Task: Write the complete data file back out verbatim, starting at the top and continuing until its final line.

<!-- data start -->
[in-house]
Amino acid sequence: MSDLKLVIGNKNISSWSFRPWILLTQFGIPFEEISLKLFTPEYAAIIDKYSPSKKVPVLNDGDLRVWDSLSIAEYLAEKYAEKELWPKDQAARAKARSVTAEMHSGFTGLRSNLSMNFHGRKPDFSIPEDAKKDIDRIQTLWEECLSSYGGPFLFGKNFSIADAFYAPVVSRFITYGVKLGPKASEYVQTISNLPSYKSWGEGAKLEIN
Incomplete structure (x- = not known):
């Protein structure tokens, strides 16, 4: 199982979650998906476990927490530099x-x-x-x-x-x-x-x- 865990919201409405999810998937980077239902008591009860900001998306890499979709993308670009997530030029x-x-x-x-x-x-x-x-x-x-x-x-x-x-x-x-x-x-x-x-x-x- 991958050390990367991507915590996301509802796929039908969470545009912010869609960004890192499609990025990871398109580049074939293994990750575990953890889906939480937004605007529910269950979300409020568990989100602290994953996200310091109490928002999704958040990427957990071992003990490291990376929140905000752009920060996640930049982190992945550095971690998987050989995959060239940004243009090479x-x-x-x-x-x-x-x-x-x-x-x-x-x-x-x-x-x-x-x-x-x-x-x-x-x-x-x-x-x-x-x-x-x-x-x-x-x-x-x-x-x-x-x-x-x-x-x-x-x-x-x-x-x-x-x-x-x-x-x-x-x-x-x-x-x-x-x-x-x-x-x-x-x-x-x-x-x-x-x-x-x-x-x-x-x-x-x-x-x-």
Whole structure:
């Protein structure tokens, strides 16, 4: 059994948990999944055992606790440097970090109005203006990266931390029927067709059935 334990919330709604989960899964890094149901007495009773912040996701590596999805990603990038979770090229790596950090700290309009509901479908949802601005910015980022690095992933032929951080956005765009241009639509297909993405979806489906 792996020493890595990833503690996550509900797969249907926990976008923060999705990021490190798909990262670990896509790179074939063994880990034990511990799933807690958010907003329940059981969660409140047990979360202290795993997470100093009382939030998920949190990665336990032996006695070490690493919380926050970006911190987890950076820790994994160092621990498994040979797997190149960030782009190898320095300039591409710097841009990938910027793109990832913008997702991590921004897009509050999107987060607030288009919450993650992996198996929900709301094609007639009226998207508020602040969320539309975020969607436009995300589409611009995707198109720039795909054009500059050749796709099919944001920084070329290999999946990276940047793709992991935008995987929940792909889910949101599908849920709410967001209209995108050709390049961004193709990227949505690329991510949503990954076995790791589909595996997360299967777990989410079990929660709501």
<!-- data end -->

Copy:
[in-house]
Amino acid sequence: MSDLKLVIGNKNISSWSFRPWILLTQFGIPFEEISLKLFTPEYAAIIDKYSPSKKVPVLNDGDLRVWDSLSIAEYLAEKYAEKELWPKDQAARAKARSVTAEMHSGFTGLRSNLSMNFHGRKPDFSIPEDAKKDIDRIQTLWEECLSSYGGPFLFGKNFSIADAFYAPVVSRFITYGVKLGPKASEYVQTISNLPSYKSWGEGAKLEIN
Incomplete structure (x- = not known):
């Protein structure tokens, strides 16, 4: 199982979650998906476990927490530099x-x-x-x-x-x-x-x- 865990919201409405999810998937980077239902008591009860900001998306890499979709993308670009997530030029x-x-x-x-x-x-x-x-x-x-x-x-x-x-x-x-x-x-x-x-x-x- 991958050390990367991507915590996301509802796929039908969470545009912010869609960004890192499609990025990871398109580049074939293994990750575990953890889906939480937004605007529910269950979300409020568990989100602290994953996200310091109490928002999704958040990427957990071992003990490291990376929140905000752009920060996640930049982190992945550095971690998987050989995959060239940004243009090479x-x-x-x-x-x-x-x-x-x-x-x-x-x-x-x-x-x-x-x-x-x-x-x-x-x-x-x-x-x-x-x-x-x-x-x-x-x-x-x-x-x-x-x-x-x-x-x-x-x-x-x-x-x-x-x-x-x-x-x-x-x-x-x-x-x-x-x-x-x-x-x-x-x-x-x-x-x-x-x-x-x-x-x-x-x-x-x-x-x-």
Whole structure:
């Protein structure tokens, strides 16, 4: 059994948990999944055992606790440097970090109005203006990266931390029927067709059935 334990919330709604989960899964890094149901007495009773912040996701590596999805990603990038979770090229790596950090700290309009509901479908949802601005910015980022690095992933032929951080956005765009241009639509297909993405979806489906 792996020493890595990833503690996550509900797969249907926990976008923060999705990021490190798909990262670990896509790179074939063994880990034990511990799933807690958010907003329940059981969660409140047990979360202290795993997470100093009382939030998920949190990665336990032996006695070490690493919380926050970006911190987890950076820790994994160092621990498994040979797997190149960030782009190898320095300039591409710097841009990938910027793109990832913008997702991590921004897009509050999107987060607030288009919450993650992996198996929900709301094609007639009226998207508020602040969320539309975020969607436009995300589409611009995707198109720039795909054009500059050749796709099919944001920084070329290999999946990276940047793709992991935008995987929940792909889910949101599908849920709410967001209209995108050709390049961004193709990227949505690329991510949503990954076995790791589909595996997360299967777990989410079990929660709501």